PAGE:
Edelman adds that another benefit of MRI is that it’s radiation free. “This means that we can do risk-free, repeated studies throughout the course of a patient’s diagnosis and treatment, including postoperatively,” he says. Other MRI advantages are that it has no known biological hazards; can perform a number of studies without contrast agents; and, as a noninvasive modality, is unrivaled in its ability to provide a high degree of contrast and temporal resolution for the assessment of cardiovascular anatomy and pathology. “It also excels at evaluating cardiac function, myocardial viability, and masses and thrombi,” he adds.
When comparing MDCT to 3T MRI, Hamilton has a prediction: “For the next five years, MDCT will probably enjoy far greater utilization than 3T MRI for the heart. But in ten years, it is quite possible that 3T will take over.”
As with his colleague Hamilton, Edelman is quick to point out the significance that 3T MRI will play in the future of cardiac imaging. “It is important to understand that MRI has had a slower and longer evolution than CT. MRI has intricately complex capabilities; and because it’s complex and can do so much more, it is going to take longer to fully come into routine clinical practice.”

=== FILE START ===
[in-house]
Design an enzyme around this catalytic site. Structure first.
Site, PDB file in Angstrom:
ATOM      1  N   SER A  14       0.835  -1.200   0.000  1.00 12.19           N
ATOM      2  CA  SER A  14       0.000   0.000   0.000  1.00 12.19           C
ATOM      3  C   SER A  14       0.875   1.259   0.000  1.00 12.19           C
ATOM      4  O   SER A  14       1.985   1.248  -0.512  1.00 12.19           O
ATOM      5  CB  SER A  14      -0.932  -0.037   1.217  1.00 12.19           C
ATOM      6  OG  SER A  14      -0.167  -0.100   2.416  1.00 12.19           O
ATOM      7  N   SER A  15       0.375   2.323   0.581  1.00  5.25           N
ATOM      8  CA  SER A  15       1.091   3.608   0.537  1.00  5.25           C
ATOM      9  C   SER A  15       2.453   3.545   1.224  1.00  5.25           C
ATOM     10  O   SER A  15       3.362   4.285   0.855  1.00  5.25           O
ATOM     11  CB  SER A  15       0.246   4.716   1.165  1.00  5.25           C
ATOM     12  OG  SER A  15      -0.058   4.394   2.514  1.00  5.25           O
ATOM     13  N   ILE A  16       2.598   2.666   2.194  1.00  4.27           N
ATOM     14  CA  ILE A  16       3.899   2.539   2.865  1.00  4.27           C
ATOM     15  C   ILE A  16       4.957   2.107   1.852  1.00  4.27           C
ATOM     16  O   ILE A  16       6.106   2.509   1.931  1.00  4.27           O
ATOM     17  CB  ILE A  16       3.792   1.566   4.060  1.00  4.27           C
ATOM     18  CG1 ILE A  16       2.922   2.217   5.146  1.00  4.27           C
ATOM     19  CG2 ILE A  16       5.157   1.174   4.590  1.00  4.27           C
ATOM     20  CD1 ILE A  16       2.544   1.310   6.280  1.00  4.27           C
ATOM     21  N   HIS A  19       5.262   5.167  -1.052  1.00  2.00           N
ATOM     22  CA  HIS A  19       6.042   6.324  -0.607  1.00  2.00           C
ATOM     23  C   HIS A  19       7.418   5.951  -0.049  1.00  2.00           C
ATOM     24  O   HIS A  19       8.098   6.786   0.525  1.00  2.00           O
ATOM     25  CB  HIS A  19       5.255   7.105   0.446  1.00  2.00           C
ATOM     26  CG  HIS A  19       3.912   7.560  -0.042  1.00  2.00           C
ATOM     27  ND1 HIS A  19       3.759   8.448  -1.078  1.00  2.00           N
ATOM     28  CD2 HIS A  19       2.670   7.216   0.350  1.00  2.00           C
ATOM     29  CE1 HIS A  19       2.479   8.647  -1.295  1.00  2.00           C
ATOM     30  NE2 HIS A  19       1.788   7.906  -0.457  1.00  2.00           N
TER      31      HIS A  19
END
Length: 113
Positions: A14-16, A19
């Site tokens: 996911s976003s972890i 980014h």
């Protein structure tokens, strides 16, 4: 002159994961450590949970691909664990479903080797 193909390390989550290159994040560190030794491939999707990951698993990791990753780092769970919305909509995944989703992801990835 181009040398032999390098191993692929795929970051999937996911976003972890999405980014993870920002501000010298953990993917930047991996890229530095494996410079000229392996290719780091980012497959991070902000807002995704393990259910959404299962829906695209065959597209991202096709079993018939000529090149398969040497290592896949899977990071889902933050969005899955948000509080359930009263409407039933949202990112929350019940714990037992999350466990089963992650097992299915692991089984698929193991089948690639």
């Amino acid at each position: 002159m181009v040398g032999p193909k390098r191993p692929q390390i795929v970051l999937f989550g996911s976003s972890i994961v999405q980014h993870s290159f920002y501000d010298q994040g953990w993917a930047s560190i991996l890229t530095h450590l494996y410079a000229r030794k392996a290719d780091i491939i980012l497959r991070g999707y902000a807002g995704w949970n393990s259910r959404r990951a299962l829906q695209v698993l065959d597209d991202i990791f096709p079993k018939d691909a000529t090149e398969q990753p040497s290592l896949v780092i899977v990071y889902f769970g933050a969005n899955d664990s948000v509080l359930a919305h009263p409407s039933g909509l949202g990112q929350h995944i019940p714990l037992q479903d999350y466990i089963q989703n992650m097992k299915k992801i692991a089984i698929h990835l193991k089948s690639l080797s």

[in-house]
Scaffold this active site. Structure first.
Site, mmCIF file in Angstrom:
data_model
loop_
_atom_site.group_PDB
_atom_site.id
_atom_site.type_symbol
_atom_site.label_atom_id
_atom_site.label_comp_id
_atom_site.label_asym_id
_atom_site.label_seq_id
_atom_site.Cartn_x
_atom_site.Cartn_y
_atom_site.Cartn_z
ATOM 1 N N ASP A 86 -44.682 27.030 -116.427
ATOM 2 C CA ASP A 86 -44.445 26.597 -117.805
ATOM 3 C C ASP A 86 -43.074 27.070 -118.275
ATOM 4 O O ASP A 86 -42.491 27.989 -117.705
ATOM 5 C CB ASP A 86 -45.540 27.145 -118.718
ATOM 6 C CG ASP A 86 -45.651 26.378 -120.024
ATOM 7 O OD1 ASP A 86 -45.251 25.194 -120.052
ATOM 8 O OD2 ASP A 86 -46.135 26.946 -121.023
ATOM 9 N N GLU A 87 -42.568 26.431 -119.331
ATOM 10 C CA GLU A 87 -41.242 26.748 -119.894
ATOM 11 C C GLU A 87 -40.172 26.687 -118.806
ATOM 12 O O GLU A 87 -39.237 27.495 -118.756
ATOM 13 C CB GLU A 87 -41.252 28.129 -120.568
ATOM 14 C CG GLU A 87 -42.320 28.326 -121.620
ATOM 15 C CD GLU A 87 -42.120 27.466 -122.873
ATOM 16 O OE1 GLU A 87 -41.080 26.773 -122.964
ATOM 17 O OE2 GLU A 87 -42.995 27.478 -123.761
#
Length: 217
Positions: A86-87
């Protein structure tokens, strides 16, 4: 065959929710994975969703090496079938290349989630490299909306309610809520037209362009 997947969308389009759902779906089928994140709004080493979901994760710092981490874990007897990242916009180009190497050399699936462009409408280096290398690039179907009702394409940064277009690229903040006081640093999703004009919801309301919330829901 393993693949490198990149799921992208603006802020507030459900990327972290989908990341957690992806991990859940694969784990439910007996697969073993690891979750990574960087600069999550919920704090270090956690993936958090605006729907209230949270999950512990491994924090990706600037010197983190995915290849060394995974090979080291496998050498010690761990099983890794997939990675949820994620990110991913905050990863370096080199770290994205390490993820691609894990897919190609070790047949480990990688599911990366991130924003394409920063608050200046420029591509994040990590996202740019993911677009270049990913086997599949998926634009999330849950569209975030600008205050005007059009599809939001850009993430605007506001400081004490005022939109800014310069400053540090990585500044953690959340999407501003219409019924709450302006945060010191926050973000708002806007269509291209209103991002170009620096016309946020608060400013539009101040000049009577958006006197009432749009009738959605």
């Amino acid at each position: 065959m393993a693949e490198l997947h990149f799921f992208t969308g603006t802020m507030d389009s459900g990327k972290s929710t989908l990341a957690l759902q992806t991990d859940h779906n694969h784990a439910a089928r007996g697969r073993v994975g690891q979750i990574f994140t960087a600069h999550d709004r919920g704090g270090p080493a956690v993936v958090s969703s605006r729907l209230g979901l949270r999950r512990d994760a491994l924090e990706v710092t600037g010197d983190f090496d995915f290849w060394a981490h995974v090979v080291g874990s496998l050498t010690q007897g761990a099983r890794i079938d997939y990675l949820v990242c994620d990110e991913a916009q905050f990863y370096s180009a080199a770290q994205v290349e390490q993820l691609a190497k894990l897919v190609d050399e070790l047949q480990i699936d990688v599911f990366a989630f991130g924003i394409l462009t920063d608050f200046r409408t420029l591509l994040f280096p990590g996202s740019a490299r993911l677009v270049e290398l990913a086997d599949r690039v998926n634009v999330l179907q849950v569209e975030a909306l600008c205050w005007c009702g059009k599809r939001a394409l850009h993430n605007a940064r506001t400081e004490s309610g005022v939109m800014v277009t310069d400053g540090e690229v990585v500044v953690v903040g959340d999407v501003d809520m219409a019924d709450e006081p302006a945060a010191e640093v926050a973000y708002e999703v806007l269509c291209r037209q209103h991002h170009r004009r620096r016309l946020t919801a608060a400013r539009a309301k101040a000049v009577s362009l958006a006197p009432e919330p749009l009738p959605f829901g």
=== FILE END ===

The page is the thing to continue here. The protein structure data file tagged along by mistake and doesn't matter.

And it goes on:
In addition to adding sheer power, 3T MRI potentially can provide images with higher spatial resolution and show exquisite details of both anatomy and function. Edelman says, “Once a number of technical challenges of 3T are overcome-such as bumping up against the specific absorption rate, encountering increased artifacts due to the higher magnetic field, adjusting to different tissue-relaxation times, RF homogeneity issues, and the continued need for cardiac gating-the full clinical potential of the higher field strength can be realized.”
|Shown here is the posterior descending artery in 3-D (left) and the aortic arch with calcified plaque (right).|
Also, although 1.5T MRI currently remains the preferred field strength for cardiac imaging, Edelman believes 3T has many potential applications, including:
- evaluating cardiac function;
- imaging coronary artery anatomy;
- depicting cardiac structure via black blood and bright blood studies;
- depicting cardiac motion with dynamic views;
- evaluating changes in the pericardium;